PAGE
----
Mügeln is a town in the district Nordsachsen, in the Free State of Saxony, Germany. It is located 9 km southwest of Oschatz and 14 km northwest of Döbeln. The town has a population of approximately 4700 people.

Coat of arms of Mügeln
Coat of arms
Location of Mügeln within Nordsachsen district
Mügeln in TDO.png
Mügeln is located in Germany
Mügeln is located in Saxony
Coordinates: 51°14′0″N 13°3′0″E / 51.23333°N 13.05000°E / 51.23333; 13.05000Coordinates: 51°14′0″N 13°3′0″E / 51.23333°N 13.05000°E / 51.23333; 13.05000
 • MayorJohannes Ecke
 • Total54.95 km2 (21.22 sq mi)
157 m (515 ft)
 • Total5,872
 • Density110/km2 (280/sq mi)
Time zoneCET/CEST (UTC+1/+2)
Postal codes
Dialling codes034362
Vehicle registrationTDO, DZ, EB, OZ, TG, TO


Mügeln lies almost equidistant between Leipzig and Dresden at a distance of approximately 50 km from each town. Mügeln is not directly situated on any main traffic routes, but 10 km south of Mügeln one encounters the A14 motorway, and 10 km to the north one encounters the B6 federal highway, close to Oschatz. In addition, there is a tourist narrow gauge railway, the Wild Robert (Wilder Robert)[2] which is operated by the Döllnitzbahn company as one of its attractions. The nearest railway station is in Oschatz.

The comparatively flat countryside around Mügeln is mostly used for agriculture, and comprises moderately large fields for the growing of crops. A number of man-made lakes are an occasional feature, the largest of which is situated in and around a forested area of some 30 km/sq, less than 7.0 km to the north-west. The forested area effectively surrounds the neighbouring village of Wermsdorf on all sides except the south which faces towards Mügeln. Wermsdorf has a quarry to the north-east of its boundary, and well maintained historical buildings to visit.


The first historical record of Mügeln is in a document of 984 AD. The population was predominantly Sorbian at that time. In 1064, Mügeln came into the possession of the Bishop of Meissen, and in 1256 Mügeln was awarded the right to hold a market.

  • 1261: The Castle of Ruhethal (Schloss Ruhethal) was built
  • 1325: The Sorbian language was outlawed
  • 1429: Destruction of Mügeln by the Hussites
  • 1542: The first Lutheran service was held in Mügeln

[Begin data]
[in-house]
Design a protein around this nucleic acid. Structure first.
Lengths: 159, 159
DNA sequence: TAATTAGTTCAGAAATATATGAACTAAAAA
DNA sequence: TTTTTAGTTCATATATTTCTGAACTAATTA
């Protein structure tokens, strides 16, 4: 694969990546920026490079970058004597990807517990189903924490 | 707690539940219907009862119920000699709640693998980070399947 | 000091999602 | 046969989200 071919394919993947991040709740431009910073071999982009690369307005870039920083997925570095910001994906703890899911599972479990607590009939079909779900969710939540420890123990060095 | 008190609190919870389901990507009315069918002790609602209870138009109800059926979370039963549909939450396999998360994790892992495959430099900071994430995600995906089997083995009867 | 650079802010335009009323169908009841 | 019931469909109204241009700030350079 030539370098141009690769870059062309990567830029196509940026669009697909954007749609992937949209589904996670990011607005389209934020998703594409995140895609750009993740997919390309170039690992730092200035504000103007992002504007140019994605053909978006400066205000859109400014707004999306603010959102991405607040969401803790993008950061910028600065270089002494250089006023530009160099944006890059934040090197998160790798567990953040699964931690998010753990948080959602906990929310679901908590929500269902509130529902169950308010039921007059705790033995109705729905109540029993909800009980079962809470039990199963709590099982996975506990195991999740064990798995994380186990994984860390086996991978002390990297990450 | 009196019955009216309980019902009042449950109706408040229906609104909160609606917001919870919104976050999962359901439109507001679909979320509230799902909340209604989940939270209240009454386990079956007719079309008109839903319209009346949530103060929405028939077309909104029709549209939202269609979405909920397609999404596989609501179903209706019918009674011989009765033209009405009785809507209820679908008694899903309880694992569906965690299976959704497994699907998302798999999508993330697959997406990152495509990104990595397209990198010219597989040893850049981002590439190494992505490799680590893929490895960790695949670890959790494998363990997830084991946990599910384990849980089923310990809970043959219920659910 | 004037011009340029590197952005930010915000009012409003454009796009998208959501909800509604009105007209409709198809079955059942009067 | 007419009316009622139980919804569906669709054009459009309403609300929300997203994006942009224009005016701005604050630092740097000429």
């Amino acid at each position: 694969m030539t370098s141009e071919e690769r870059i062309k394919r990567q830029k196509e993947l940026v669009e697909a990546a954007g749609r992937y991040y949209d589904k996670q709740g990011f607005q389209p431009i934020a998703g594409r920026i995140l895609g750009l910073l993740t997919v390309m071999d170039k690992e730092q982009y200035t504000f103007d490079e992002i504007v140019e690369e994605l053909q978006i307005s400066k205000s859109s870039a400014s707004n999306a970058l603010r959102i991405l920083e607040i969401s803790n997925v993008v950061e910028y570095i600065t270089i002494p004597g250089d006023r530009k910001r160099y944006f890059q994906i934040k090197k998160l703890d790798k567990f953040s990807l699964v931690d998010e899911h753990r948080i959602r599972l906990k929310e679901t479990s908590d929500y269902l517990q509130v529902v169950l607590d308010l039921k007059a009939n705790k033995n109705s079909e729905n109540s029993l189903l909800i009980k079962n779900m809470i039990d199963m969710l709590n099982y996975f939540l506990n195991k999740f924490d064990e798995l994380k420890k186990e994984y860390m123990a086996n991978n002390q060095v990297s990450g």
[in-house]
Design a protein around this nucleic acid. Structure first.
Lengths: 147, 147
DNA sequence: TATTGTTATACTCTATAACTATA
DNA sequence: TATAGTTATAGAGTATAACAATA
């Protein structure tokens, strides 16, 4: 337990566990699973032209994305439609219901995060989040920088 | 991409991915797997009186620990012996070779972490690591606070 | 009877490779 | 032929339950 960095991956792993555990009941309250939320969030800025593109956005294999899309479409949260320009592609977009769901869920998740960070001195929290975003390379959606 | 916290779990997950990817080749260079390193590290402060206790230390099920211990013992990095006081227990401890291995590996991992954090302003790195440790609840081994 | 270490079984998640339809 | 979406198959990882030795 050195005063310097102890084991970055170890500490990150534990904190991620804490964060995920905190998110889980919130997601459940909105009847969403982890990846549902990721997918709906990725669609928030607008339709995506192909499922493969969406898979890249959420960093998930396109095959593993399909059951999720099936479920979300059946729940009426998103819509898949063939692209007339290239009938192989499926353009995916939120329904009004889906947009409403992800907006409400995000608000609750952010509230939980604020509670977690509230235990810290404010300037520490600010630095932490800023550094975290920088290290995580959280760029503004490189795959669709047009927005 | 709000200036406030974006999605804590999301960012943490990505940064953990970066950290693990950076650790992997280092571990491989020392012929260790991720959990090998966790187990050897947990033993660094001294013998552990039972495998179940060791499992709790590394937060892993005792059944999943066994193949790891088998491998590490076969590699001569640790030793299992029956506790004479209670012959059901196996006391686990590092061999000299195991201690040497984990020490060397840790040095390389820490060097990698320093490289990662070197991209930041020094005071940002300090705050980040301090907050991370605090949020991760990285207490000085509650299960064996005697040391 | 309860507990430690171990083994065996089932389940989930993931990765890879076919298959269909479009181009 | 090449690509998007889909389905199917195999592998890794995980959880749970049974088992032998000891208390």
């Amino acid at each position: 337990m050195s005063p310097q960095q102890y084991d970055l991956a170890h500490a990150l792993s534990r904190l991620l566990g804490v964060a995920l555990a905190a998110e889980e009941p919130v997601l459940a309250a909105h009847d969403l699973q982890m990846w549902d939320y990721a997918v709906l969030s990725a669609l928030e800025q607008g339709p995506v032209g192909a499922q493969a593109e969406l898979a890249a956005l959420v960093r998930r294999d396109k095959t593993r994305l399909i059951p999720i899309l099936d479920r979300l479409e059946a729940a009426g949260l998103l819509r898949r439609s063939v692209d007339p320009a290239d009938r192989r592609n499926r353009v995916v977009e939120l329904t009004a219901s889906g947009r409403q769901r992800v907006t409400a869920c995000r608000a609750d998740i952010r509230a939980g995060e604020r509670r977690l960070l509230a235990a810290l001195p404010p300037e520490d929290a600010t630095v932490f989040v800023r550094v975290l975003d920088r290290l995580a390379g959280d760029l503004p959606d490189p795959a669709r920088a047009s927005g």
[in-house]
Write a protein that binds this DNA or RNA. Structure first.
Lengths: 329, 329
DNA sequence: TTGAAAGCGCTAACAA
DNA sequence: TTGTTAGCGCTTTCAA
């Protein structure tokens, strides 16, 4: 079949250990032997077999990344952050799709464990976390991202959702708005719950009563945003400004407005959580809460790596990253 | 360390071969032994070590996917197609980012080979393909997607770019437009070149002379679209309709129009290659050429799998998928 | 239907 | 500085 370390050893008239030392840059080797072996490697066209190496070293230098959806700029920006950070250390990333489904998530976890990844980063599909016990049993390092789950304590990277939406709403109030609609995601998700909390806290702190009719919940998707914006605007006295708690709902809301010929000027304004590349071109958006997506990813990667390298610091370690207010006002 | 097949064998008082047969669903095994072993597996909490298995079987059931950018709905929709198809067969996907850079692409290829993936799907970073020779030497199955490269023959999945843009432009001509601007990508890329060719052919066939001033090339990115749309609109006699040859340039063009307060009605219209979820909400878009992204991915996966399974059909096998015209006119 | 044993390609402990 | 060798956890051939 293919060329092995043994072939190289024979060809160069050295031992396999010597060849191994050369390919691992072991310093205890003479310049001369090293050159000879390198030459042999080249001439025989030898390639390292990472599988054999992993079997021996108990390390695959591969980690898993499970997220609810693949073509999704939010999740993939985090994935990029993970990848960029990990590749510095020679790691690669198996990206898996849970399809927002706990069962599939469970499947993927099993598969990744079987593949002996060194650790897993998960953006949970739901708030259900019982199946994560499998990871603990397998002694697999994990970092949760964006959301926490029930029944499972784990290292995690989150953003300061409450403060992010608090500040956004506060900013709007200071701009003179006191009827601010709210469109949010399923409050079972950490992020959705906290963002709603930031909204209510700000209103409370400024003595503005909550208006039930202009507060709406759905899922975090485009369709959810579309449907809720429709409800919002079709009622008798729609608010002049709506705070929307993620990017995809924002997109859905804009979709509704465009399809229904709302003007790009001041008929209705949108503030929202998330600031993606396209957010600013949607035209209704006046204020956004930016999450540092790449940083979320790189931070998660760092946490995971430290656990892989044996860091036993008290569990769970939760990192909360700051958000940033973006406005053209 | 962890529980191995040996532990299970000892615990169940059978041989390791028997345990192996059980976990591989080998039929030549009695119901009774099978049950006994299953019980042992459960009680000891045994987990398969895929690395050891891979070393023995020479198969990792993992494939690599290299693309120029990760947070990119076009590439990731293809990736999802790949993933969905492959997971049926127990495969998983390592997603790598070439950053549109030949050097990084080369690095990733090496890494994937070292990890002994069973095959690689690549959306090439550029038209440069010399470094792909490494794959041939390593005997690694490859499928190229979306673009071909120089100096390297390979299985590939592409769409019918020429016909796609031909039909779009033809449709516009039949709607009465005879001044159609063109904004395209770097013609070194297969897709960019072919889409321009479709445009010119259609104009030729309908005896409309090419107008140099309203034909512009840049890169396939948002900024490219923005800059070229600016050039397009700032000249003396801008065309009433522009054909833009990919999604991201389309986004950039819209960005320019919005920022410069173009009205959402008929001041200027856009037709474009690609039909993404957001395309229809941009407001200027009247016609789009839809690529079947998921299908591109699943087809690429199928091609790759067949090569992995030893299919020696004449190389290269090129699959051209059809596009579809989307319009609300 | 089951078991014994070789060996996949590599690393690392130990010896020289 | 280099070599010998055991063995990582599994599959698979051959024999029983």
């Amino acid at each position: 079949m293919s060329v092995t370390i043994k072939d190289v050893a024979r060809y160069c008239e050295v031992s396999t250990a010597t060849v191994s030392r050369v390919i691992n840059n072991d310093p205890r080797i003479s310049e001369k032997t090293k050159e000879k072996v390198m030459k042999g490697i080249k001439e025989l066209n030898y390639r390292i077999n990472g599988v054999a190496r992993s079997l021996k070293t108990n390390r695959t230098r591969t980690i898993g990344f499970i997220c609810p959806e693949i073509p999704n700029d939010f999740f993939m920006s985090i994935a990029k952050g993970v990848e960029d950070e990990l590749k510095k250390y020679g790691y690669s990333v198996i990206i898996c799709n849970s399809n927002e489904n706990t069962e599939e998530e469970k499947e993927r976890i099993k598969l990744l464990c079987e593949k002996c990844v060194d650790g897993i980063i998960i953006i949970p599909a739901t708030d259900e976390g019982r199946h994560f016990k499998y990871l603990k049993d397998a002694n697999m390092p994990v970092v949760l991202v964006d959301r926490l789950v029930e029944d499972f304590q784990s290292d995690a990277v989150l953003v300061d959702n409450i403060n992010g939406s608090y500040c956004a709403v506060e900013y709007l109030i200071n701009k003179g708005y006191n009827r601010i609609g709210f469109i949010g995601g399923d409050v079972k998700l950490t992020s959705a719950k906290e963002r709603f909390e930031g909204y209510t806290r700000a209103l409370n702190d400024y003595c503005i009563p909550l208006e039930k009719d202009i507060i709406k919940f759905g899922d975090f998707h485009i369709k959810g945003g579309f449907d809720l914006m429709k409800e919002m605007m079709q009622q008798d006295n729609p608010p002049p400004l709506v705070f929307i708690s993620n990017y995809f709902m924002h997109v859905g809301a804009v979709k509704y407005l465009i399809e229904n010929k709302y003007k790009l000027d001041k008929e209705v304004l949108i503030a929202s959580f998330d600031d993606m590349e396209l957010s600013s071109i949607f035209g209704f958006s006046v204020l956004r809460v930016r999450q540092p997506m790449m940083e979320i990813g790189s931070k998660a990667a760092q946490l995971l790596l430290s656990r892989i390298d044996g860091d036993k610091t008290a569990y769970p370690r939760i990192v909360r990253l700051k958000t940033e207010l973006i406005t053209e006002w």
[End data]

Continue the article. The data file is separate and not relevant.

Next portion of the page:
• 1561: Bishop Johann IX of Meissen and of Haugwitz granted the town an escort and a bridge right
  • 1581: Bishop Johann IX, the last Catholic bishop of Meissen converted to the Lutheran Protestantism. He lived in Mügeln and got the Castle of Ruhethal and the former cloister of Marienthal in Sornzig, as a “life annuity” for use.
  • 1618-1648: During the Thirty Years' War, Mügeln was plundered by Swedish troops and most of its inhabitants fell victim to a plague epidemic. Only 67 inhabitants of the approximately 700 inhabitants survived.
  • 1735: the town privileges were expanded, it got the upper and hereditary courts (Ober- und Erbgerichte) by decree of the Electoral office (kurfürstliches Amt).
  • 1834: The last town-gate was removed.
  • 1875: Mügeln was assigned to the administrative district Oschatz (Amtshauptmannschaft Oschatz)
  • 1884: The narrow-gauge railway connecting Mügeln with Döbeln, Oschatz and Wermsdorf was opened
  • 1945: In April the town was occupied by Soviet troops
  • 1968 - 1975: The narrow gauge railway was gradually shut down. First of all, the section between Mügeln and Döbeln, then the section between Mügeln and Wermsdorf. (From 1975 to 1995 the remaining section was only used for the transport of goods.)
  • 1994: During the reordering of the district, Mügeln was assigned to the Torgau Oschatz district, in spite of the fact that the most citizens elected for the district Döbeln.
  • 1995: Passenger traffic on the narrow-gauge railway: the Mügeln-Oschatz section was resumed

Mügeln mob attackEdit

On August 19, 2007, eight Indian citizens were chased through the town and beaten. The assailants were a large group of predominantly German youths. The incident received worldwide media attention, which was particularly disturbing and unwelcome because of the participation of some of the public in what could be rightly compared to little better than spectators seeking entertainment by encouraging the assailants to continue their assault.[3]

The incident occurred during a town celebration in Mügeln, and although the motives were never ascertained, racism is thought to be at the root of the trouble. One of the victims has accused the police of brutality. A preliminary investigation has been launched against two of those believed to be responsible for the assault, and the German Federal Government has vowed to increase its efforts to thwart right-wing extremism.[4]

Twin townsEdit

Mügeln is twinned with:


Sites of interestEdit

  • The Castle of Ruhethal (Schloss Ruhethal)
  • Narrow gauge railway of Wild Robert (Wilder Robert)
  • Monument to Heinrich von Mügeln in the old market of Joachim Zehme (2005)

See alsoEdit


  1. ^ "Bevölkerung des Freistaates Sachsen nach Gemeinden am 31. Dezember 2019". Statistisches Landesamt des Freistaates Sachsen (in German). July 2020.
  2. ^ This is a typical German name for an old train. In this sense 'wild' means 'stormy'.
  3. ^ 'Foreigners Out!': Racist Manhunt in Small-Town Germany
  4. ^ In Wake of Racist Attacks in Mügeln: Germany Wonders How to Stop the Neo-Nazis

External linksEdit